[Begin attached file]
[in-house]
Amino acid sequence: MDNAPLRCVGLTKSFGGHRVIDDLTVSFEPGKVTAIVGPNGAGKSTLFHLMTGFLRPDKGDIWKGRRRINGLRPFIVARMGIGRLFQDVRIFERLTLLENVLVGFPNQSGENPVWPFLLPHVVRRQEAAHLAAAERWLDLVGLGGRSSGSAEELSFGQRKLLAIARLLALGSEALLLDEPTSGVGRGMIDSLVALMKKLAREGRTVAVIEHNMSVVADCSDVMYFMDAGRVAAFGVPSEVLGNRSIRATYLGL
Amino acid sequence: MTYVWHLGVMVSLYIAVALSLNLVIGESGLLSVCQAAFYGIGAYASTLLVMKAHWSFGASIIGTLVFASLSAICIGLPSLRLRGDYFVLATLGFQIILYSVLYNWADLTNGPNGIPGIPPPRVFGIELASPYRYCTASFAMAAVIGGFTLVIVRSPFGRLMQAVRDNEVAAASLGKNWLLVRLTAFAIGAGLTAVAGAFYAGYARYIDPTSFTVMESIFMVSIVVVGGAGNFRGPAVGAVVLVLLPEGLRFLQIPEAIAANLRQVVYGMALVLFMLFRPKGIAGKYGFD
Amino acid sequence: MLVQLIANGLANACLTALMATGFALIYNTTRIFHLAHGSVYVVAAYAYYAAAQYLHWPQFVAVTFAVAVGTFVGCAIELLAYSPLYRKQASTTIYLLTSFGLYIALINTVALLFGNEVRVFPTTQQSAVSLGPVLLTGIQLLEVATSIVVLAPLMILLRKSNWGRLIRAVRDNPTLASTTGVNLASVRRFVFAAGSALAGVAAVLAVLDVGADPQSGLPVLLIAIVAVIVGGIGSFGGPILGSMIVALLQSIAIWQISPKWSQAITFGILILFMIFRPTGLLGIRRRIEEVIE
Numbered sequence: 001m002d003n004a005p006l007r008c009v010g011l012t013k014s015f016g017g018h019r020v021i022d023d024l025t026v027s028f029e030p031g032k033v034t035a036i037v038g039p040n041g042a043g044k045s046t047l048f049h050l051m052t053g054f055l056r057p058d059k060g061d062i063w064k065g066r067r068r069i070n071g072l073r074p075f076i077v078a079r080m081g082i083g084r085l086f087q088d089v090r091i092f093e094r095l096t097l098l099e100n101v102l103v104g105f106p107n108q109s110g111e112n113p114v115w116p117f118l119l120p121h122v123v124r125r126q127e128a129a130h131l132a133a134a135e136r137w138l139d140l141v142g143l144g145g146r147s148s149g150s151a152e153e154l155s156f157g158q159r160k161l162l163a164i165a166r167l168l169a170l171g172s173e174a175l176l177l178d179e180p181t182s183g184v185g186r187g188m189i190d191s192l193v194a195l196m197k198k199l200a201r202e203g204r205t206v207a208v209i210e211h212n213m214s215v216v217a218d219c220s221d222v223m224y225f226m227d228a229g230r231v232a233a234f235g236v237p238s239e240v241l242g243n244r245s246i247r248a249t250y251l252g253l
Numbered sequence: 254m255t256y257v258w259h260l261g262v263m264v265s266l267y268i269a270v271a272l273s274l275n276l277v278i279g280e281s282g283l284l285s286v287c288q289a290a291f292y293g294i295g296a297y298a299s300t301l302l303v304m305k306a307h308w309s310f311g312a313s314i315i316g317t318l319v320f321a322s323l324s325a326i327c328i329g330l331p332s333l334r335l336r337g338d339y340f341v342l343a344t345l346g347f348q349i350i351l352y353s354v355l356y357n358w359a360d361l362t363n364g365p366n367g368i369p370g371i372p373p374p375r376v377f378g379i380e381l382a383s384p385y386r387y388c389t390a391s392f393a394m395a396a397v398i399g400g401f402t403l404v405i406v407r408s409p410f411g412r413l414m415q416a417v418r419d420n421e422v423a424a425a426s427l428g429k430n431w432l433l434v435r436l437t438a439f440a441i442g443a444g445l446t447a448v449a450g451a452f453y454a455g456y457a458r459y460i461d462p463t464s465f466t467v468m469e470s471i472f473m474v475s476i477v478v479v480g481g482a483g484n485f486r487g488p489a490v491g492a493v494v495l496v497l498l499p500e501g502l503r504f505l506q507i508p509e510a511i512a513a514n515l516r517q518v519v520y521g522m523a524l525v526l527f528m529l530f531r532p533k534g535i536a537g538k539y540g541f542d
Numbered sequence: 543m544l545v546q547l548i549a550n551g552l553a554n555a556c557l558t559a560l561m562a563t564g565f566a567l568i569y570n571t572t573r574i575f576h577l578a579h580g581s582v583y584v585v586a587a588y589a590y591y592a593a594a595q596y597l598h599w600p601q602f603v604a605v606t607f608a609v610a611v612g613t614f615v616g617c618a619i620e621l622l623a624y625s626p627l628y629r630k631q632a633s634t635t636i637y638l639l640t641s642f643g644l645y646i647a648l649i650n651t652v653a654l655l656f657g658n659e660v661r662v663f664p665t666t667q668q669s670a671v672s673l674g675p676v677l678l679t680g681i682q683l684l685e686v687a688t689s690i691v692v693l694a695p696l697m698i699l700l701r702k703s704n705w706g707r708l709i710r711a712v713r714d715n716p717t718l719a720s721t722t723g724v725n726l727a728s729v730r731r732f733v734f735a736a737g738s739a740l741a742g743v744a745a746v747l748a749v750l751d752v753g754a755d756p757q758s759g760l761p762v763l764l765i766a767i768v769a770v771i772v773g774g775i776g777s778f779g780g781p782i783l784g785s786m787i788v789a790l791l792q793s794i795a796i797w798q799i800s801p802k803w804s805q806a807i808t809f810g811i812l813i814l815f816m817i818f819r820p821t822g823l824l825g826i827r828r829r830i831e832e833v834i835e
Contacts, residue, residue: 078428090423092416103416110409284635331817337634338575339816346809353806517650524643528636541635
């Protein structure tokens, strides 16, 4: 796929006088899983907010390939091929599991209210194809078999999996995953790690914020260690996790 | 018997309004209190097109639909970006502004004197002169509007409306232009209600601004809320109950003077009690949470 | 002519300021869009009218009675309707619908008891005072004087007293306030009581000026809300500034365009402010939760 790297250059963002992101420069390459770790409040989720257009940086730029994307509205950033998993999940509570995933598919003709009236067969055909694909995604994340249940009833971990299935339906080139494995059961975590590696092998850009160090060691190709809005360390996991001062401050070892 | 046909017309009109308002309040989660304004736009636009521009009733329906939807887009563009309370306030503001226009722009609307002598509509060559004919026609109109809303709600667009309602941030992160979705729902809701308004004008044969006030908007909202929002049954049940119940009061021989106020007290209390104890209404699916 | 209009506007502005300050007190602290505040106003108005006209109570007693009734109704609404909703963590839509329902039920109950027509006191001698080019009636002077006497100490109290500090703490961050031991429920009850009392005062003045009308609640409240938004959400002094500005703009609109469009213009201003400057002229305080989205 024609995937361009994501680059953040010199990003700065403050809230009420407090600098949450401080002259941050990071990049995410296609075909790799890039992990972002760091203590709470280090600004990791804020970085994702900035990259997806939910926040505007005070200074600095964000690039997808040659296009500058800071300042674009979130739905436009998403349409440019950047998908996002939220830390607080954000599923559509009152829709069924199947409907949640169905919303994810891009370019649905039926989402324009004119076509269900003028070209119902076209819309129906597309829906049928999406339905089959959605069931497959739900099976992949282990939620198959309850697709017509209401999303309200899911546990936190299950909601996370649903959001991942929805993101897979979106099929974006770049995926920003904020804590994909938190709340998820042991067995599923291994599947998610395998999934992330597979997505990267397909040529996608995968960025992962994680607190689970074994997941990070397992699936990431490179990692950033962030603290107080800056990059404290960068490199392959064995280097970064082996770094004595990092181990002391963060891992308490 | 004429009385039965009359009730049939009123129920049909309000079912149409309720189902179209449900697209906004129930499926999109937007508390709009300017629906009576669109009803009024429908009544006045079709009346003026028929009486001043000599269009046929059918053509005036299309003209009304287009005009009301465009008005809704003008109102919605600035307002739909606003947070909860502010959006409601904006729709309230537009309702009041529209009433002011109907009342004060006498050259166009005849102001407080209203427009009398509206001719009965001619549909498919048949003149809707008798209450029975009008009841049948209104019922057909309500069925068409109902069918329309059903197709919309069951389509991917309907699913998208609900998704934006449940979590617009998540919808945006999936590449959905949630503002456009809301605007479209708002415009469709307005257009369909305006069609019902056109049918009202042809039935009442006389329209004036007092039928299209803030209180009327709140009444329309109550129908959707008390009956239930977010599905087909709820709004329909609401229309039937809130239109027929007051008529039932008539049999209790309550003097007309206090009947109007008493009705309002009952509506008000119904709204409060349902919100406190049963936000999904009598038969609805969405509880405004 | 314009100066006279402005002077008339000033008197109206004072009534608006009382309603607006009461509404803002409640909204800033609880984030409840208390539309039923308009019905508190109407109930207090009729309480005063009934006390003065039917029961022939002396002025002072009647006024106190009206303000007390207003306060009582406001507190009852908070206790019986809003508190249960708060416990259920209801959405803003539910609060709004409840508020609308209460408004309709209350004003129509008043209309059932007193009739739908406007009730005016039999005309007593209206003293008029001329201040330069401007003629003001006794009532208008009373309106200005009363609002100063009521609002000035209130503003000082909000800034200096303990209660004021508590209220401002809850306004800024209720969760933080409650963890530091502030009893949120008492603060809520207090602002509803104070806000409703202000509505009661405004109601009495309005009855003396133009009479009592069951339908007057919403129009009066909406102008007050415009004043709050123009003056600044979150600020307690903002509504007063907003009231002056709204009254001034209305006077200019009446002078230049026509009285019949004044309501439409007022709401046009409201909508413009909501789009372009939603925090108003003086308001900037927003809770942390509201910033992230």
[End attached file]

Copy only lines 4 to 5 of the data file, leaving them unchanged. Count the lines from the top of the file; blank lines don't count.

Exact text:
Amino acid sequence: MLVQLIANGLANACLTALMATGFALIYNTTRIFHLAHGSVYVVAAYAYYAAAQYLHWPQFVAVTFAVAVGTFVGCAIELLAYSPLYRKQASTTIYLLTSFGLYIALINTVALLFGNEVRVFPTTQQSAVSLGPVLLTGIQLLEVATSIVVLAPLMILLRKSNWGRLIRAVRDNPTLASTTGVNLASVRRFVFAAGSALAGVAAVLAVLDVGADPQSGLPVLLIAIVAVIVGGIGSFGGPILGSMIVALLQSIAIWQISPKWSQAITFGILILFMIFRPTGLLGIRRRIEEVIE
Numbered sequence: 001m002d003n004a005p006l007r008c009v010g011l012t013k014s015f016g017g018h019r020v021i022d023d024l025t026v027s028f029e030p031g032k033v034t035a036i037v038g039p040n041g042a043g044k045s046t047l048f049h050l051m052t053g054f055l056r057p058d059k060g061d062i063w064k065g066r067r068r069i070n071g072l073r074p075f076i077v078a079r080m081g082i083g084r085l086f087q088d089v090r091i092f093e094r095l096t097l098l099e100n101v102l103v104g105f106p107n108q109s110g111e112n113p114v115w116p117f118l119l120p121h122v123v124r125r126q127e128a129a130h131l132a133a134a135e136r137w138l139d140l141v142g143l144g145g146r147s148s149g150s151a152e153e154l155s156f157g158q159r160k161l162l163a164i165a166r167l168l169a170l171g172s173e174a175l176l177l178d179e180p181t182s183g184v185g186r187g188m189i190d191s192l193v194a195l196m197k198k199l200a201r202e203g204r205t206v207a208v209i210e211h212n213m214s215v216v217a218d219c220s221d222v223m224y225f226m227d228a229g230r231v232a233a234f235g236v237p238s239e240v241l242g243n244r245s246i247r248a249t250y251l252g253l